Young democracies can be cruel: their voters are often as unforgiving as political opponents. The two weeks since Taiwan's disputed presidential election of March 20 - only the third such democratic vote in the country's history - has tested this truism almost to the breaking point. Taiwan's young democracy must now cope with the balancing act that President Chen Shui-bian's re-election has thrust upon it.
While canvassing for votes in his hometown in southern Taiwan on the eve of the election, President Chen and Vice President Annette Lu were both wounded by an assassin's bullet. The sympathy this secured gave the President his razor-thin margin of victory - with just 50.1% of the votes - over Lien Chan, the candidate of the Kuomintang Party and People's First Party (KMT-PFP) coalition. Opposition street protests and shouts that the assassination was stage followed. A recount was demanded.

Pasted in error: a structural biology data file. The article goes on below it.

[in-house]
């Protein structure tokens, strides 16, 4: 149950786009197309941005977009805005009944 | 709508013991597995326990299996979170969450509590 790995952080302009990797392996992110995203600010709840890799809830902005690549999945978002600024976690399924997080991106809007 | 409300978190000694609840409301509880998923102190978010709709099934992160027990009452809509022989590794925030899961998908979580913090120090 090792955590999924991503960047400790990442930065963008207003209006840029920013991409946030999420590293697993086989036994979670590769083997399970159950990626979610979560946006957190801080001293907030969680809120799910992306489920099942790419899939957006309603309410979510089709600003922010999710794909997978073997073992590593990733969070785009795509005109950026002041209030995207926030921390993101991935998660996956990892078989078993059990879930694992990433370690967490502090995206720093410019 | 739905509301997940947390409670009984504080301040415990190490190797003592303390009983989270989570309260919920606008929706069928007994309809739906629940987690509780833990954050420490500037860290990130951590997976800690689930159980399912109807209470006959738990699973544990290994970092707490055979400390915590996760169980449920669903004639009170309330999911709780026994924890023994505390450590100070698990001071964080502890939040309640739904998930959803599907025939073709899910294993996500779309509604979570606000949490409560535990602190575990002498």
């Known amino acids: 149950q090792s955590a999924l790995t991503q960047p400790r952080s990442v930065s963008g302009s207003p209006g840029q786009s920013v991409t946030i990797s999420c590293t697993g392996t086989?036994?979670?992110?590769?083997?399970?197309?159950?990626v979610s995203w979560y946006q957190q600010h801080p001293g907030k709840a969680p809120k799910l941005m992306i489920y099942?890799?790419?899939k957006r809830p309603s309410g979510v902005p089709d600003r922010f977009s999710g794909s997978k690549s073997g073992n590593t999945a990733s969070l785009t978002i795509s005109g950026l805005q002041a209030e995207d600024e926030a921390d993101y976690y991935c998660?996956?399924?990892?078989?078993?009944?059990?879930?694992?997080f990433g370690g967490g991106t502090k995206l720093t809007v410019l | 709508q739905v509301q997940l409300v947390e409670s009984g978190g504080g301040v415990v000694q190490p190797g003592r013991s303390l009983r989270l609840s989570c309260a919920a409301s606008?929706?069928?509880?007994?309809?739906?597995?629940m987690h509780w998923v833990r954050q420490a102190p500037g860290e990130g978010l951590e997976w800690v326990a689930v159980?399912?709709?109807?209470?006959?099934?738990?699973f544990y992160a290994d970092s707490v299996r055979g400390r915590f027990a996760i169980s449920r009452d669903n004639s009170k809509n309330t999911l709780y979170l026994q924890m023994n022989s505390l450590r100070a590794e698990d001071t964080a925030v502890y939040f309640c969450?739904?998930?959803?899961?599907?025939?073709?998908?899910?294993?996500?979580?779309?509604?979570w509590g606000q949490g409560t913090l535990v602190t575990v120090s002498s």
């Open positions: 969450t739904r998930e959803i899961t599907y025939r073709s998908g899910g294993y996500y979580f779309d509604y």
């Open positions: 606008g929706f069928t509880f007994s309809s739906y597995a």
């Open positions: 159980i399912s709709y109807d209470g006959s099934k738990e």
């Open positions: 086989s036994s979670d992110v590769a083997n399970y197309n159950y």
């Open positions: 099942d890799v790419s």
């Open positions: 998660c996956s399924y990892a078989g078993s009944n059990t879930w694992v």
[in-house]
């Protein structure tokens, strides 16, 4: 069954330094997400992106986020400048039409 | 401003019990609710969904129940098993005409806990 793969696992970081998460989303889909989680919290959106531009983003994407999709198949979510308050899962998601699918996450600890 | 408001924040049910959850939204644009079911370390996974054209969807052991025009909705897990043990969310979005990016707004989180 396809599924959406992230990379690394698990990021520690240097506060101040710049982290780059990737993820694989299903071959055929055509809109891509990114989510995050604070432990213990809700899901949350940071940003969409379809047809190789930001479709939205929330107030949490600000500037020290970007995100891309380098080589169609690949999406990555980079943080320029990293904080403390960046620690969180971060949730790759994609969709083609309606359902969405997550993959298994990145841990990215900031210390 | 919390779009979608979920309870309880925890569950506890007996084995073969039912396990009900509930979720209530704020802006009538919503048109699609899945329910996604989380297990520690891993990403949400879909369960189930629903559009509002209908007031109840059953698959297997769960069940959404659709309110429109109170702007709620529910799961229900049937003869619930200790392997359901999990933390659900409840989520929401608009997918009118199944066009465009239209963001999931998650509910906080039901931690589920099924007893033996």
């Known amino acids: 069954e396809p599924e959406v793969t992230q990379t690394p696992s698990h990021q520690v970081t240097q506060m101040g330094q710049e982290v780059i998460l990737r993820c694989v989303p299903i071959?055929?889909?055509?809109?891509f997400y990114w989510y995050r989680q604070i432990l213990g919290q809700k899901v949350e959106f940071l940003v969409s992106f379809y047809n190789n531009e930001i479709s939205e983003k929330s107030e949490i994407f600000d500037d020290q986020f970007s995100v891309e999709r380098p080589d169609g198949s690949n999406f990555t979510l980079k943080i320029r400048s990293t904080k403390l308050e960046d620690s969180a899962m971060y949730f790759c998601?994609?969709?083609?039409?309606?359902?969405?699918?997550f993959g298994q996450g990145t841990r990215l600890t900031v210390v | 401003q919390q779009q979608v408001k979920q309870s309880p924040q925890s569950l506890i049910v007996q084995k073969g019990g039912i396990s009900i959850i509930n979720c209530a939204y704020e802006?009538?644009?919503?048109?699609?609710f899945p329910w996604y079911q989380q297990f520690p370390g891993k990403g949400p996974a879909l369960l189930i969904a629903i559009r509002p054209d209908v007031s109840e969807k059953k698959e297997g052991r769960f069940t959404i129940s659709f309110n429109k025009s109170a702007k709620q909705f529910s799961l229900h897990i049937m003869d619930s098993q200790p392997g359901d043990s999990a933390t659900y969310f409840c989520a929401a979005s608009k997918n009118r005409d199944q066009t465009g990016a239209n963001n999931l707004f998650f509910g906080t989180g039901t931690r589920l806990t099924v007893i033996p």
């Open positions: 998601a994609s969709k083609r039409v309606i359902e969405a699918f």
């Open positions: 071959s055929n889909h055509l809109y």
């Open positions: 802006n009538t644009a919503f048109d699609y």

None of this is surprising, because Taiwan's society is evenly and deeply polarized. President Chen's Democratic Progressive Party (DPP) called for "one country on each side of the Taiwan Strait" and for "preventing the return of an alien regime" (meaning the KMT, which came to Taiwan in 1949). But while Chen's campaign to safeguard Taiwan against threats from mainland China clearly galvanized the party's supporters, it made the uncommitted nervous and the rival KMT angry.
For the KMT-PFP coalition, the campaign was a virtual holy war, conducted not only to revive an ailing economy, but also to keep the country's official name: the "Republic of China." With so much at stake, both camps mobilized millions of people.